The Exaggerated Epoch of Edward O'Hare | Storyend Studios

Out of the Frying Pan


Time for full production!


We were able to leave Greenlight about a week earlier than planned and transition into full production, which is fantastic. So far, the team has been maintaining a pretty consistent velocity with many still not even hitting their 12.5 hours. It is slightly unfortunate, as many of our team members want more to do, but with where we are there just is not that much work to do on their respective parts of the game.

Storyend is in a strange position, where overall we are slightly ahead of schedule leaving some sub teams with minimal work making some of us think we could become slightly more ambitious. The problem is that with other sub teams being slightly behind we know we cannot risk any new features that would put more work on those sub teams.


I always liked the Eisenhower quote (apparently not actually his but that's fine): "plans are worthless but planning is everything;" however, I don't think I never really understood it until after dozens on dozens of lead planning meetings: there is still more for us to plan. As plans change or fall through, it seems we constantly need to re-plan something or plan for something else.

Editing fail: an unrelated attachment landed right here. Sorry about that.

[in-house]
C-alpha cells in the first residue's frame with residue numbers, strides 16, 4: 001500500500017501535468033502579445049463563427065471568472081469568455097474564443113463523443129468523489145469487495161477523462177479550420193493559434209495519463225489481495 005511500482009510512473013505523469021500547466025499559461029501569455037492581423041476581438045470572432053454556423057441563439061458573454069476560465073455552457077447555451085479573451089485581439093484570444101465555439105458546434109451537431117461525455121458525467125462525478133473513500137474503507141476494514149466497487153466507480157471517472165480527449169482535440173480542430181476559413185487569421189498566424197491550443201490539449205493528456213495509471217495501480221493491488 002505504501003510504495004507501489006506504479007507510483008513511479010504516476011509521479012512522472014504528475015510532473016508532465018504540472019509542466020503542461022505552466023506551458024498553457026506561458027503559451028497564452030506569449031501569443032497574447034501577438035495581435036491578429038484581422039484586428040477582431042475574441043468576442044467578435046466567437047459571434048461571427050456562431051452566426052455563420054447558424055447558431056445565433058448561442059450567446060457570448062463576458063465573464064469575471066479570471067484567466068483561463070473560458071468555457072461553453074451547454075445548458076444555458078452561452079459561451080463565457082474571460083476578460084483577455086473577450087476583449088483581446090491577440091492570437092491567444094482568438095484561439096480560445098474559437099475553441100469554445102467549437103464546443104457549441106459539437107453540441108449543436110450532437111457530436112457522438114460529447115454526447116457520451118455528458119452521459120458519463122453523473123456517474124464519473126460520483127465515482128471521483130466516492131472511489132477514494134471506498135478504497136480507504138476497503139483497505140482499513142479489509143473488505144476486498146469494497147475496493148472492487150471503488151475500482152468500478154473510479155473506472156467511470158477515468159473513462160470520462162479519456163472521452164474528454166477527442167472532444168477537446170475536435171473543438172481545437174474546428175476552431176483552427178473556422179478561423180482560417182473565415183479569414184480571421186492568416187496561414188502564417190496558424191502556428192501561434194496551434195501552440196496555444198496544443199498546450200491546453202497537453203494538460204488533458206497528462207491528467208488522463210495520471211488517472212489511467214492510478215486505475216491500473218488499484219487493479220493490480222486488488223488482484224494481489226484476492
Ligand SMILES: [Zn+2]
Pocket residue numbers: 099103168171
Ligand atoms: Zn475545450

Recently, we have been establishing the full list of every feature and assessing their current level of quality, and setting targets for our alpha, beta and release milestones. This is so we can properly determine their respective priorities over the next few sprints. This has been how we have been determining how far ahead/behind certain teams are (based on the number of features that are at/below/past the target level of quality for the next milestone).


As I have alluded to, our three sub teams (UI, Combat/AI, and Level) are all at different places. So far, the combat team seems to be the only one that is fairly on track, which I think is because that team is fairly stacked when it comes to technical proficiency. 5 of the 6 of us (the QA lead, Jason, being the 6th) can program, meaning technical impediments do not really slow us down that much.

For the UI team, we are slightly behind because we just have not really fleshed out the designs yet so there is not much work going on in that team. With level, I've been thinking recently that they are falling behind slightly because of how broad their responsibilities are compared to their team. The only have one programmer, one designer who consistently works in build and an artist who places assets.

To help sub teams, we are starting to think about bringing on freelancers and moving our current people around. For example, next sprint we intend on moving our AI programmer (all AI features are at the desired level for our alpha milestone) to the level team to assist with developing the obstructions for the levels. For now, the plan is to have him stay there for one sprint, afterwards the leads will reevaluate the situation to determine if there needs to be a more permanent change.